318 related to illegal immigrants.
that time, the Japanese government insisted that LFNKR
should absolutely not hold a press conference, since it would
irritate the Chinese government. On the other hand, LFNKR decided
that keeping quiet would be tacitly accepting the Japanese
government's stance, which held that the humanitarian aid workers,
by engaging in the rescue activities, had violated Chinese
domestic law, and should of course be punished under their
domestic law. NGOs, including LFNKR, basically support the
opinion that humanitarian aid workers are engaged in the rescue
of refugees as specified by the Refugees Convention, which
is an international law, and that if a domestic law conflicts
with an international law, the international law takes precedence
over the domestic law. For this reason, LFNKR continues to
urge the Japanese government to deal with the Chinese government
more resolutely and to firmly call for the immediate release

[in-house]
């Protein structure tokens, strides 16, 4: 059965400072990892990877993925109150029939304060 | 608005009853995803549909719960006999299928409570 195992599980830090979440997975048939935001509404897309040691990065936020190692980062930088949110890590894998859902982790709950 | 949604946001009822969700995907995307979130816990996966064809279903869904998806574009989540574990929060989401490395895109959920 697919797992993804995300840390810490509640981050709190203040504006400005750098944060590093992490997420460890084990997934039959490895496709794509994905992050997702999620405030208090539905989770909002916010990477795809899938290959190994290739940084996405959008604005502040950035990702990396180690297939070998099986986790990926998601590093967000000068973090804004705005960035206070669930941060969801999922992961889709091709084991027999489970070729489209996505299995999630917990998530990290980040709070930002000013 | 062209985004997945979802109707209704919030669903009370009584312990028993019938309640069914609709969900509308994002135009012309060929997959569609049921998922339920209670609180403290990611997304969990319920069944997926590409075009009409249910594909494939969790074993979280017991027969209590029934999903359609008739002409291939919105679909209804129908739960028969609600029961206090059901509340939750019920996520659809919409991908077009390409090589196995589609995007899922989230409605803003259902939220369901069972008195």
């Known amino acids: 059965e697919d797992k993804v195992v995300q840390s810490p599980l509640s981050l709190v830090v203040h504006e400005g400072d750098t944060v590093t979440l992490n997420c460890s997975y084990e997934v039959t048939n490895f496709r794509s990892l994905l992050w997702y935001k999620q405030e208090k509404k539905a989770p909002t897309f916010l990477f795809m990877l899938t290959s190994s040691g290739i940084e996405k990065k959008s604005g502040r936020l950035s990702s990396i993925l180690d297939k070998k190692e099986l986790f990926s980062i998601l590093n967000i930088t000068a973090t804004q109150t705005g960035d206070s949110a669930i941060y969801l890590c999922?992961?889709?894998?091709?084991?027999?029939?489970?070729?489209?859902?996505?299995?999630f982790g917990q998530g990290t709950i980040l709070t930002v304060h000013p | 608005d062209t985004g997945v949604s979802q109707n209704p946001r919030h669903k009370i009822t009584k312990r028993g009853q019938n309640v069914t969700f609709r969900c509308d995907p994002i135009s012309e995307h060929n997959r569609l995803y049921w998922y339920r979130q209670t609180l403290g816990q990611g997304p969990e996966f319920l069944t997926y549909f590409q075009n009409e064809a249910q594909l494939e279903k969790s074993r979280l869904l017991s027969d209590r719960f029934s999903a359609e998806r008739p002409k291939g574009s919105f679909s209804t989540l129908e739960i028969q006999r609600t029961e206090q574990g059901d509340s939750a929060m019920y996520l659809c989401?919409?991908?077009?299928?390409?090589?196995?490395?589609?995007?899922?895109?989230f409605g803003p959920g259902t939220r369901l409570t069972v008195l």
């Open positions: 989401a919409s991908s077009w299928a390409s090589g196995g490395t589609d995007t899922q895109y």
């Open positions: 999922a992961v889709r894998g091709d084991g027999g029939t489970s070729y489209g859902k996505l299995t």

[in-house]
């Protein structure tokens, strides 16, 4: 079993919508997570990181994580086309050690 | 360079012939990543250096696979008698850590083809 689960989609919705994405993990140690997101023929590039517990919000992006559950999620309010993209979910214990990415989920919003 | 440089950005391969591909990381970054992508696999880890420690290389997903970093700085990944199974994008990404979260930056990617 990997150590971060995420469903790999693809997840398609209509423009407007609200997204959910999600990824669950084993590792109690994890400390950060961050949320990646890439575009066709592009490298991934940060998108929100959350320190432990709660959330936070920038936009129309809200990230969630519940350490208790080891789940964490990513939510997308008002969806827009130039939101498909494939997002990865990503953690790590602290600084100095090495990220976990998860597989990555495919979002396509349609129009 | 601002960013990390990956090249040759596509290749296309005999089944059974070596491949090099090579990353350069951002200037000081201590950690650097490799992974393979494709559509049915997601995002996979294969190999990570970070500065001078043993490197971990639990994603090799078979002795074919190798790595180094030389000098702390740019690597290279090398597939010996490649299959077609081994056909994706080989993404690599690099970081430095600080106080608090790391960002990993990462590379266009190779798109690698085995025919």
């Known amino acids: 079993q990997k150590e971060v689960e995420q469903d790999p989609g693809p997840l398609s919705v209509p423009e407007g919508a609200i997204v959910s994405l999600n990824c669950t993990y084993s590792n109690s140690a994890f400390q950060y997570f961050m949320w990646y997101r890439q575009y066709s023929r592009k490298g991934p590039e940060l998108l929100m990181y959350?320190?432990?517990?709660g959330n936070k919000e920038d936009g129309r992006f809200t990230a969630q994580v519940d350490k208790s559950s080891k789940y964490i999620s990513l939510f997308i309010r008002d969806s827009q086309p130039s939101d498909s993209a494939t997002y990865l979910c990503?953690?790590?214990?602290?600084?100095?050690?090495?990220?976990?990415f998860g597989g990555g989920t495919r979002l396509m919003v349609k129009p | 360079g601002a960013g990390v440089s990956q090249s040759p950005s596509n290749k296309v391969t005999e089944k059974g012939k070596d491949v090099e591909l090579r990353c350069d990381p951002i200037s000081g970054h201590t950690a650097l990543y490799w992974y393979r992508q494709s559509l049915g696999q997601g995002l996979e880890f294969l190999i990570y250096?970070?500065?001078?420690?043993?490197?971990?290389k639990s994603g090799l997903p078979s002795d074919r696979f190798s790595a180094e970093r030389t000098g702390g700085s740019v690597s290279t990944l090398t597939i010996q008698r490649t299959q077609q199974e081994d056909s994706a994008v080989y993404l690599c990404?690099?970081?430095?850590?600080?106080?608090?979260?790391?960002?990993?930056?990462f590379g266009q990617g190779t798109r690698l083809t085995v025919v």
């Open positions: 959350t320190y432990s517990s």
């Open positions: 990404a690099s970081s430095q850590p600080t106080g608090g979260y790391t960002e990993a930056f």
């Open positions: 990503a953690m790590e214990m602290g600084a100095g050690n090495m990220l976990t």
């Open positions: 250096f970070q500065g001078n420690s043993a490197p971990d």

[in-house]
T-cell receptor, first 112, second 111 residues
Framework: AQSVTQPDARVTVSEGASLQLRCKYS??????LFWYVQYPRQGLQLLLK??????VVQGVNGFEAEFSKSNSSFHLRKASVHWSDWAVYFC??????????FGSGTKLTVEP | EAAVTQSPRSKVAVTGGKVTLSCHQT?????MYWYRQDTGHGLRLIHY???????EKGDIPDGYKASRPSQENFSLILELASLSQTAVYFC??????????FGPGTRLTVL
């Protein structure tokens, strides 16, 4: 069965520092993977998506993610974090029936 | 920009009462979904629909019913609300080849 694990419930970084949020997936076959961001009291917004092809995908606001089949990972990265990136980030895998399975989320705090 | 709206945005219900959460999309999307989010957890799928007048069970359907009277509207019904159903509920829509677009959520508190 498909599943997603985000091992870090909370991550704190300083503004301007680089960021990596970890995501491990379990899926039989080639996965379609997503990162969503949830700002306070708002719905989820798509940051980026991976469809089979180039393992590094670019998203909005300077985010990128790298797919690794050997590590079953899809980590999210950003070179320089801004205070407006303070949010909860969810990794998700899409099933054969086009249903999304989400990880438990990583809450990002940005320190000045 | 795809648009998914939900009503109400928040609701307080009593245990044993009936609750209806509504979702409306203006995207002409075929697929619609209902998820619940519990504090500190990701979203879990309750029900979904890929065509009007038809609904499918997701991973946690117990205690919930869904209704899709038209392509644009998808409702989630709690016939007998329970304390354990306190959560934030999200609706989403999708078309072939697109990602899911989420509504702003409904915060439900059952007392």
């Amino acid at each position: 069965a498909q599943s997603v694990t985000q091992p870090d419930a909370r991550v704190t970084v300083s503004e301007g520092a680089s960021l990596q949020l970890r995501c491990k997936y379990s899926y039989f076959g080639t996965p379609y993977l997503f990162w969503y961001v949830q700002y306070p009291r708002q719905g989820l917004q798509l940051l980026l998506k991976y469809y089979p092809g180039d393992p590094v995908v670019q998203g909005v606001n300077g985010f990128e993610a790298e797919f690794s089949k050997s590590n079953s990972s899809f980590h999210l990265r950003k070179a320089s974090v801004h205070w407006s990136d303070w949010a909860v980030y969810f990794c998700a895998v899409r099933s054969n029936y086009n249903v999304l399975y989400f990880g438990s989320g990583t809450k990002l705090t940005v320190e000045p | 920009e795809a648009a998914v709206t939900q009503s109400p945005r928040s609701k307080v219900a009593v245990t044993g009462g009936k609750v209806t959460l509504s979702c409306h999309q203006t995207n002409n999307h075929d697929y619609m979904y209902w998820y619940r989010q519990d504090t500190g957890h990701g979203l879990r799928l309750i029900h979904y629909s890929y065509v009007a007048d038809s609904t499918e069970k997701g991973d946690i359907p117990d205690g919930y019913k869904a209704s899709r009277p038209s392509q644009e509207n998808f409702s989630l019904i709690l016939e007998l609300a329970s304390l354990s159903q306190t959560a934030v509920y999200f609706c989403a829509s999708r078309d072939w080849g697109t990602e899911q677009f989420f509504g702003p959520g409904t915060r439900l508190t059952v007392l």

of humanitarian aid workers from unjustifiable restraint.
Japanese government seems unwilling to actively come to the aid of
humanitarian workers or human rights activists if
they are arrested; the best they have done in
the past has been “begging the arresting government for clemency.” This
has never worked. Instead, the Chinese government
sentenced one worker to 8 months of imprisonment while another
a 2-year prison sentence. This result is absolutely unacceptable.
7. Problems remaining for rescuers to resolve
every North Korean refugee can go to a third country such
as South Korea or Japan.
has never decided to rescue or protect any North Korean
refugee according to their social status in the North Korean
society. It does not matter whether they were military officers,
top officials of the Labor Party, actual laborers or farmers.
LFNKR has also never decided to rescue someone because they
have money or whether or not they happen to belong to a particular
Korean NGOs supported by Christian churches in South
Korea impose conditions on North Korean refugees when deciding
which ones to help and protect. For example, people who have
more successfully achieved the assignments given to them by
pastors or missionaries receive tickets to third countries
sooner. Specific conditions that North Korean refugees must
meet if they are to qualify include the following:
Does he/she have enough money (3000RMB in Chinese currency)